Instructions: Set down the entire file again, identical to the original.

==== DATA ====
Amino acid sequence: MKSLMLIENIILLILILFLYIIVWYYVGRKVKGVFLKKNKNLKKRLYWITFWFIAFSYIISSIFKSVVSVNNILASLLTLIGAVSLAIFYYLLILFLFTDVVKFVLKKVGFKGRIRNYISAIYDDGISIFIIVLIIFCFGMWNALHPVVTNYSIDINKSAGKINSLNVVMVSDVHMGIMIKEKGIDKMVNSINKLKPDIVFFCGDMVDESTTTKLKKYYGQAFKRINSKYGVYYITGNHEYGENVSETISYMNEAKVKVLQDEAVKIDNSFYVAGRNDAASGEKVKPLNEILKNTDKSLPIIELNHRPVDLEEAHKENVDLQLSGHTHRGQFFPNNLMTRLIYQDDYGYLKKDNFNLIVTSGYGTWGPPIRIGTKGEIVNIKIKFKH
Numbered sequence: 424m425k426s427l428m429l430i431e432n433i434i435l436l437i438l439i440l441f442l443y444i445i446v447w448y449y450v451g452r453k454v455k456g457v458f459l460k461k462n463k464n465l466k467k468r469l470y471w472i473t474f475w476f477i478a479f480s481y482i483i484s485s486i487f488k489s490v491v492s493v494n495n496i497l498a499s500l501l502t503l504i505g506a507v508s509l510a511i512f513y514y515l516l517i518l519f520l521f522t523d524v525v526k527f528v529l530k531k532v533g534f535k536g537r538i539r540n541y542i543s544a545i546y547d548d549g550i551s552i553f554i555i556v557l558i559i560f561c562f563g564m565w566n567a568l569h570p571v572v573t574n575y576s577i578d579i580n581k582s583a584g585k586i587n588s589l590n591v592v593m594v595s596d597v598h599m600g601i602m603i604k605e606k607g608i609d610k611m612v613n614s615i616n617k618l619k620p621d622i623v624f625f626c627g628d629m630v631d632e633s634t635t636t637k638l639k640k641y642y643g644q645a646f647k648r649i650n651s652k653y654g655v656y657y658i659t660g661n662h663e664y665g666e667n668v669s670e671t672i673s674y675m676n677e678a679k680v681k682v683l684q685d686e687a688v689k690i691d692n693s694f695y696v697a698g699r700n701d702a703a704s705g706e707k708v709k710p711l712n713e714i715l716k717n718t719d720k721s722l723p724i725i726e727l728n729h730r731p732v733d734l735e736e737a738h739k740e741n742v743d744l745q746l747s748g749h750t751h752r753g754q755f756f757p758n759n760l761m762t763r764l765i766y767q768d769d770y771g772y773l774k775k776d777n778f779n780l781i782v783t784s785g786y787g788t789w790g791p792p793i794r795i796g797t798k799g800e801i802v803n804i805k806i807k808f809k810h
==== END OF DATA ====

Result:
Amino acid sequence: MKSLMLIENIILLILILFLYIIVWYYVGRKVKGVFLKKNKNLKKRLYWITFWFIAFSYIISSIFKSVVSVNNILASLLTLIGAVSLAIFYYLLILFLFTDVVKFVLKKVGFKGRIRNYISAIYDDGISIFIIVLIIFCFGMWNALHPVVTNYSIDINKSAGKINSLNVVMVSDVHMGIMIKEKGIDKMVNSINKLKPDIVFFCGDMVDESTTTKLKKYYGQAFKRINSKYGVYYITGNHEYGENVSETISYMNEAKVKVLQDEAVKIDNSFYVAGRNDAASGEKVKPLNEILKNTDKSLPIIELNHRPVDLEEAHKENVDLQLSGHTHRGQFFPNNLMTRLIYQDDYGYLKKDNFNLIVTSGYGTWGPPIRIGTKGEIVNIKIKFKH
Numbered sequence: 424m425k426s427l428m429l430i431e432n433i434i435l436l437i438l439i440l441f442l443y444i445i446v447w448y449y450v451g452r453k454v455k456g457v458f459l460k461k462n463k464n465l466k467k468r469l470y471w472i473t474f475w476f477i478a479f480s481y482i483i484s485s486i487f488k489s490v491v492s493v494n495n496i497l498a499s500l501l502t503l504i505g506a507v508s509l510a511i512f513y514y515l516l517i518l519f520l521f522t523d524v525v526k527f528v529l530k531k532v533g534f535k536g537r538i539r540n541y542i543s544a545i546y547d548d549g550i551s552i553f554i555i556v557l558i559i560f561c562f563g564m565w566n567a568l569h570p571v572v573t574n575y576s577i578d579i580n581k582s583a584g585k586i587n588s589l590n591v592v593m594v595s596d597v598h599m600g601i602m603i604k605e606k607g608i609d610k611m612v613n614s615i616n617k618l619k620p621d622i623v624f625f626c627g628d629m630v631d632e633s634t635t636t637k638l639k640k641y642y643g644q645a646f647k648r649i650n651s652k653y654g655v656y657y658i659t660g661n662h663e664y665g666e667n668v669s670e671t672i673s674y675m676n677e678a679k680v681k682v683l684q685d686e687a688v689k690i691d692n693s694f695y696v697a698g699r700n701d702a703a704s705g706e707k708v709k710p711l712n713e714i715l716k717n718t719d720k721s722l723p724i725i726e727l728n729h730r731p732v733d734l735e736e737a738h739k740e741n742v743d744l745q746l747s748g749h750t751h752r753g754q755f756f757p758n759n760l761m762t763r764l765i766y767q768d769d770y771g772y773l774k775k776d777n778f779n780l781i782v783t784s785g786y787g788t789w790g791p792p793i794r795i796g797t798k799g800e801i802v803n804i805k806i807k808f809k810h